Towards a historical dialectal approach to Differential Object Marking in Catalan


  • Anna Pineda Universitat de Barcelona



Differential Object Marking, Diachrony, Old Catalan, Historical dialectology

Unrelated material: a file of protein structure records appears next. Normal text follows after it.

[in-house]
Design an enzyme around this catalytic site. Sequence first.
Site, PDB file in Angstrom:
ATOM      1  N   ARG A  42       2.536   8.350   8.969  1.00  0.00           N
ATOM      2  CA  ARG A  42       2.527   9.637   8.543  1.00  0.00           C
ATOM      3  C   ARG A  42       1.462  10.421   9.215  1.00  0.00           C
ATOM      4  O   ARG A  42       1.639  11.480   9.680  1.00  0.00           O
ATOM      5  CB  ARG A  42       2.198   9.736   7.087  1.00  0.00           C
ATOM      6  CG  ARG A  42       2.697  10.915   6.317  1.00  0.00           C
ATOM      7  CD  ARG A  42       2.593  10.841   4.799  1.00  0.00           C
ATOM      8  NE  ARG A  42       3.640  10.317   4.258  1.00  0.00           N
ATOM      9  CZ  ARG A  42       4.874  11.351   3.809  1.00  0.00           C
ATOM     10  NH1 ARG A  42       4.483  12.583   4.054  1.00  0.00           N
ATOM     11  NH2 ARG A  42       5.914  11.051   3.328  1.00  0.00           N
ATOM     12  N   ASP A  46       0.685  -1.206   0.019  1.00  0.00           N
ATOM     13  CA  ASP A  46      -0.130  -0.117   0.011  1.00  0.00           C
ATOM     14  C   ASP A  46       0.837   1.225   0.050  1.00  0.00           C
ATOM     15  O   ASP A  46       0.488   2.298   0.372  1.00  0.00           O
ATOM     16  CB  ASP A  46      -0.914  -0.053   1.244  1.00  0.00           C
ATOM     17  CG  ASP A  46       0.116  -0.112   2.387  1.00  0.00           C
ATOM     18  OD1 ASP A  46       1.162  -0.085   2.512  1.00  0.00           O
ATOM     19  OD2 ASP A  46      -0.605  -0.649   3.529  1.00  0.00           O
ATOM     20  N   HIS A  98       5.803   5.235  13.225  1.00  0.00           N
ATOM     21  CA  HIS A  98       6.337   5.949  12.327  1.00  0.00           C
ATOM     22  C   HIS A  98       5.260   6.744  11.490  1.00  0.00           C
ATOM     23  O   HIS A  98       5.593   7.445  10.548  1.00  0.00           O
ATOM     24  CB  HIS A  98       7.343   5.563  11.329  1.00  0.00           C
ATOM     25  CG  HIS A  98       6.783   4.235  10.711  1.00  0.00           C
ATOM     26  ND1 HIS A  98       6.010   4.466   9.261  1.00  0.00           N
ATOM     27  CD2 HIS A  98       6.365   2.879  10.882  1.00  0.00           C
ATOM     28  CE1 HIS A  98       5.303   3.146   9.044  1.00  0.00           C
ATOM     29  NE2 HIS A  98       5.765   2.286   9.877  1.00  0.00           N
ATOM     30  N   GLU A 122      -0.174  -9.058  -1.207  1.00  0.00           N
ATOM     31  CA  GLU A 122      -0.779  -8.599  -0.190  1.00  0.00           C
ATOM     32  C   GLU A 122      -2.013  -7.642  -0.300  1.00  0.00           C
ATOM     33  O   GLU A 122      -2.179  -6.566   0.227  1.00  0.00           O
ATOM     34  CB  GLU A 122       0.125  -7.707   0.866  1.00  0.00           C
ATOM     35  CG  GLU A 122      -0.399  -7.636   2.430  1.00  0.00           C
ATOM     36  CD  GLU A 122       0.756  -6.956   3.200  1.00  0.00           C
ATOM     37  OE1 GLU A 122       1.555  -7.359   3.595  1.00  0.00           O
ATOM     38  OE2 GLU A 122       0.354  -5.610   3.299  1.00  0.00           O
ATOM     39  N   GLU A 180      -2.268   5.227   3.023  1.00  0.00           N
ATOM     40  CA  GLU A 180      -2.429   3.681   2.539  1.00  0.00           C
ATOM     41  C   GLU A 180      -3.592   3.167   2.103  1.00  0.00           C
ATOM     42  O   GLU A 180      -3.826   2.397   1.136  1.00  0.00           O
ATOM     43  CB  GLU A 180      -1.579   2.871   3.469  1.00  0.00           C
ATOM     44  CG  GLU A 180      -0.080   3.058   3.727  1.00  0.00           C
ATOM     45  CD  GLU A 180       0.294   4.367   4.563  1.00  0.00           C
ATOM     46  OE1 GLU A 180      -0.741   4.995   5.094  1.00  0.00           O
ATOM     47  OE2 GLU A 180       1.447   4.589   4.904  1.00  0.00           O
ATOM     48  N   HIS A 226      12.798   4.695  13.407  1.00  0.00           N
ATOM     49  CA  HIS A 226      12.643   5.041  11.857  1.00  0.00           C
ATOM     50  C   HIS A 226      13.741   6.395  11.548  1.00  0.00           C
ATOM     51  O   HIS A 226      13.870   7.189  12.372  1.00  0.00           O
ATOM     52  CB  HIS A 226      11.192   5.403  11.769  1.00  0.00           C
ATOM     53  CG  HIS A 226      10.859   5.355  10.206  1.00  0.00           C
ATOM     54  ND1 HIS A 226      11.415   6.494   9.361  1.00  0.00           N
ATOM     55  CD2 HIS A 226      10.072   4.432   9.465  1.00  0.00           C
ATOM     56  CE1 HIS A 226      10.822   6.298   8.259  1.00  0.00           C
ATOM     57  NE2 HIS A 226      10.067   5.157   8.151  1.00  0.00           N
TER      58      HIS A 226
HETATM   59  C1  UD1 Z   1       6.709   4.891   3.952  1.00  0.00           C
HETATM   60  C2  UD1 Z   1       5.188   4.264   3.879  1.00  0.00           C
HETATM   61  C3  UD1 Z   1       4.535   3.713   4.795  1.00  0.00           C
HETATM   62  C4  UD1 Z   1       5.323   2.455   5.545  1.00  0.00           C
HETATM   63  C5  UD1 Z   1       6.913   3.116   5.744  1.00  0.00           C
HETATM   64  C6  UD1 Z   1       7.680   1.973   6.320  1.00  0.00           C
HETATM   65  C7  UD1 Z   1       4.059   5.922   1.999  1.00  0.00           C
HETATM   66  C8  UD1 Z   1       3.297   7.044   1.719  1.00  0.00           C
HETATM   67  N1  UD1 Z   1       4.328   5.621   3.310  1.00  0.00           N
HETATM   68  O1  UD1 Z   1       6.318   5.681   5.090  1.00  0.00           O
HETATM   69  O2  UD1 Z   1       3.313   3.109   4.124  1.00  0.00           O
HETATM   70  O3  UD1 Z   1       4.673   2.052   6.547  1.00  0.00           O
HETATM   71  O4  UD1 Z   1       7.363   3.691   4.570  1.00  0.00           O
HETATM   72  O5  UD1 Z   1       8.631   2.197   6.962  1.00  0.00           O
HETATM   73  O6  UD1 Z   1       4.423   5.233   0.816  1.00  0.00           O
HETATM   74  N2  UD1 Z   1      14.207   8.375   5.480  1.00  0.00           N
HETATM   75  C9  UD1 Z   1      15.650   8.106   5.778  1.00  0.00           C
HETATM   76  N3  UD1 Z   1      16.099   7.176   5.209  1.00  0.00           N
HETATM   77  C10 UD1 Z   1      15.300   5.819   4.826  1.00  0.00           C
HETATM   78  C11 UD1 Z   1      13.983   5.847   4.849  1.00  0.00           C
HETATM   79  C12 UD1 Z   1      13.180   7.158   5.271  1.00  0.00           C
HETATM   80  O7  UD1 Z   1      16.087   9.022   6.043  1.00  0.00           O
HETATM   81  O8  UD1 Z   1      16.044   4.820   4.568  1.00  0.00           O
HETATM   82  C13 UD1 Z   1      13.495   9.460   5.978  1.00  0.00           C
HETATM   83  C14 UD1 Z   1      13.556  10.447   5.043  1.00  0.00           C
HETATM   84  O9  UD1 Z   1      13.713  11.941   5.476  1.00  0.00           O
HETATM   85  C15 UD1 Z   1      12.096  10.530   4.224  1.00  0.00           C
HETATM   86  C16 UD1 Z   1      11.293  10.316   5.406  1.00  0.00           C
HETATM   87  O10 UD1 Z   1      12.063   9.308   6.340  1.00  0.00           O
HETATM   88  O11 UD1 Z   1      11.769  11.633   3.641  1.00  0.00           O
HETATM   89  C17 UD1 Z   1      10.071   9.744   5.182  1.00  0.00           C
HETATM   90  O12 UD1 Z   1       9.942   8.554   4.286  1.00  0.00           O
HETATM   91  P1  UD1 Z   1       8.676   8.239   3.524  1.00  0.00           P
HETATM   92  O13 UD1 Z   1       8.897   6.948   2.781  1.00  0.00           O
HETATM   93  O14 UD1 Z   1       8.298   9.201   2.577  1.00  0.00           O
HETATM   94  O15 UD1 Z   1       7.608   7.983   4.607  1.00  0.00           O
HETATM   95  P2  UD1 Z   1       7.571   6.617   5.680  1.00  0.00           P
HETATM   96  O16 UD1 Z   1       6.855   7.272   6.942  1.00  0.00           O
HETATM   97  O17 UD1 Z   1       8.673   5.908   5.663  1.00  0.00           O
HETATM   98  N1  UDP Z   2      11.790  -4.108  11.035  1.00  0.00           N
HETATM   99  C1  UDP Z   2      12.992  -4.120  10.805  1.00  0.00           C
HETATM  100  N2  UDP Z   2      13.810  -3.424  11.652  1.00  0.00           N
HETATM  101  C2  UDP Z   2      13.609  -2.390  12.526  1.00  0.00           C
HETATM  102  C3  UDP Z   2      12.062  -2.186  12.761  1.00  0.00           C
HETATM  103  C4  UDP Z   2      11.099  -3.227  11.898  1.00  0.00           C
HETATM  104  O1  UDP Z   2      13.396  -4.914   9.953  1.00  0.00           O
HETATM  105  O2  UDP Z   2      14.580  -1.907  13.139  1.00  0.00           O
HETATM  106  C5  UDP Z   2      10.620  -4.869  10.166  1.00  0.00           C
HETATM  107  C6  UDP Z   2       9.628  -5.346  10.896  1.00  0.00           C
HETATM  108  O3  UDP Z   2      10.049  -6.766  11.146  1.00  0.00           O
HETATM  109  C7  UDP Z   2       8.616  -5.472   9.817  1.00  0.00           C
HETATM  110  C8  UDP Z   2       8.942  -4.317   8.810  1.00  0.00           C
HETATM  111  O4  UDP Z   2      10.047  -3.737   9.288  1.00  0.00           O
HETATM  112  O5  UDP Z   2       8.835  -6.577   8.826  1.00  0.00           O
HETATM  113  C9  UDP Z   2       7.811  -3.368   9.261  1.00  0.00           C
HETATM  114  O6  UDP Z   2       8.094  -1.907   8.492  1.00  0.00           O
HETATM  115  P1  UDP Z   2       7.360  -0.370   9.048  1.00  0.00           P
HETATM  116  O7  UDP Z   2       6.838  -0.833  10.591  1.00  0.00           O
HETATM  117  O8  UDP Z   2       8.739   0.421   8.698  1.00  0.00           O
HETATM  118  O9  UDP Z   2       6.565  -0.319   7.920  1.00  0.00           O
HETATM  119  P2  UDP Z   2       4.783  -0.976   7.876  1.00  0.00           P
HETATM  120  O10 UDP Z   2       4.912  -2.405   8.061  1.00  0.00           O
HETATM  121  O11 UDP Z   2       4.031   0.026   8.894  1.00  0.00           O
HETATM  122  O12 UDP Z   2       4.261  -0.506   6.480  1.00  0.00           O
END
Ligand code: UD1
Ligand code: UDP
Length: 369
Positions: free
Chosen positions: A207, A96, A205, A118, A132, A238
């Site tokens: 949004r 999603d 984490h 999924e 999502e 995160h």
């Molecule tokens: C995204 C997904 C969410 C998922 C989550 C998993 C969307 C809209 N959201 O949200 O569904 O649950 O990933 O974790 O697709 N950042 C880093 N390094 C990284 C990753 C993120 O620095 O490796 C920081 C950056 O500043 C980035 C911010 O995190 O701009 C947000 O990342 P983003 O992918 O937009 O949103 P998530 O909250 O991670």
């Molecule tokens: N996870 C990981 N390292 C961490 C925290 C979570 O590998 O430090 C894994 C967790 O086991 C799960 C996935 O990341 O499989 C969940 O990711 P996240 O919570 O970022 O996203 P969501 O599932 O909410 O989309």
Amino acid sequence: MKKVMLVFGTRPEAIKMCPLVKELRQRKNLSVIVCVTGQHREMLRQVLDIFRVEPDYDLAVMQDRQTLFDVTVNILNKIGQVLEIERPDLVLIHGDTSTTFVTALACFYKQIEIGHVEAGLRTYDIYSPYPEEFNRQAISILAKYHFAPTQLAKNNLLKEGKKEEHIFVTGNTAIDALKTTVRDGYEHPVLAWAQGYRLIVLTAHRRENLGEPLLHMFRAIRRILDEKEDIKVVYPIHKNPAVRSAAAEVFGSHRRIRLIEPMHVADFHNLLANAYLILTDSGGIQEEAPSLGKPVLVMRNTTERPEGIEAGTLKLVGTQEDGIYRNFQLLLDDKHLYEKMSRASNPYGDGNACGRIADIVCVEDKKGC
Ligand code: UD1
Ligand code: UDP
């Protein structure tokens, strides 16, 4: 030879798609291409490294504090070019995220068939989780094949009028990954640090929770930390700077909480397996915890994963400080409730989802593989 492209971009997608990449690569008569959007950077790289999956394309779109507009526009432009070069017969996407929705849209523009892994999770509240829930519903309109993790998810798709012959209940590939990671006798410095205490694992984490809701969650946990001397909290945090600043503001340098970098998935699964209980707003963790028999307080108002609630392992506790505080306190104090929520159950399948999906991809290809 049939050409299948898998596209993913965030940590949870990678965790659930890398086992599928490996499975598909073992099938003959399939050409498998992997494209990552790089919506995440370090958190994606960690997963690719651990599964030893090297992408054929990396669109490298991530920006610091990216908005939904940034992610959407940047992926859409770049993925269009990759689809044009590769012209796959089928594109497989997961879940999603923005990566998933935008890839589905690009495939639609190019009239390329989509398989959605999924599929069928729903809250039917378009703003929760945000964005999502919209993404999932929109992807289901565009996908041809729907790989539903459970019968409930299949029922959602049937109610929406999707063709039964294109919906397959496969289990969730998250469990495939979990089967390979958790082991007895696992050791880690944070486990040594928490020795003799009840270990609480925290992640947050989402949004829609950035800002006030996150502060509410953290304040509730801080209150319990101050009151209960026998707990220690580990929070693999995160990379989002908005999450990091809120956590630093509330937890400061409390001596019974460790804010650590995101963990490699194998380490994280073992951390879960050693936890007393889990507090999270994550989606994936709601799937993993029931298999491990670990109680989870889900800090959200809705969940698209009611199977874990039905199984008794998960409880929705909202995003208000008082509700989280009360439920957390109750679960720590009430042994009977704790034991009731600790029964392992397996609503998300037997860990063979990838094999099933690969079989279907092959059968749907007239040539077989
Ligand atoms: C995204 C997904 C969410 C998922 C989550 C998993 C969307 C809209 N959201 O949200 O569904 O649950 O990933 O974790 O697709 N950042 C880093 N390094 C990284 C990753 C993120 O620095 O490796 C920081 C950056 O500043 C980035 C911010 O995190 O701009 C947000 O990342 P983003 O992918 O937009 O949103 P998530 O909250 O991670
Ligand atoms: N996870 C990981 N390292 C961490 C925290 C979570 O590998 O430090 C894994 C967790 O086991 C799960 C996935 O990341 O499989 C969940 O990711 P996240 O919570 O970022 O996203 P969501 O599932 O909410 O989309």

This paper offers a description of the emergence and development of Differential Object Marking (DOM) in Old Catalan, focusing on the perspective of historical dialectology and thus paying special attention to the dialectal differences that emerge. It does so by means of a large corpus study comprising the period from the first written texts to the 18th century. Although, in present-day Catalan, DOM is widespread with human direct objects in most dialects, its use is generally rejected by prescriptive grammar, as the phenomenon has often been attributed to Spanish influence. However, diachronic findings point to an analysis of DOM in Catalan as a fruit of the internal evolution of the language: instances of the phenomenon with human direct objects are found in earlier Catalan texts. Spanish influence (related to a series of sociopolitical events) only comes into play later, causing an exponential increase of the frequency of DOM in Catalan. Interestingly, consistent geolectal differences can be observed when analysing Old Catalan texts, with Valencian texts offering the highest number of occurrences. In this context, one must take into consideration the influence of Aragonese in Valencia (people from Aragon repopulated the area) as well as Spanish, whose effects in the Catalan-speaking area became particularly prevalent especially from the 16th century onwards. The conclusions of this study aim to provide empirically and theoretically informed research not only to identify historical dialects within Romance languages – in this case Catalan – but also to pave the way for more studies on historical comparative dialectology. As a matter of fact, in this study, the status of DOM in Old Spanish and Old Aragonese has also been taken into account.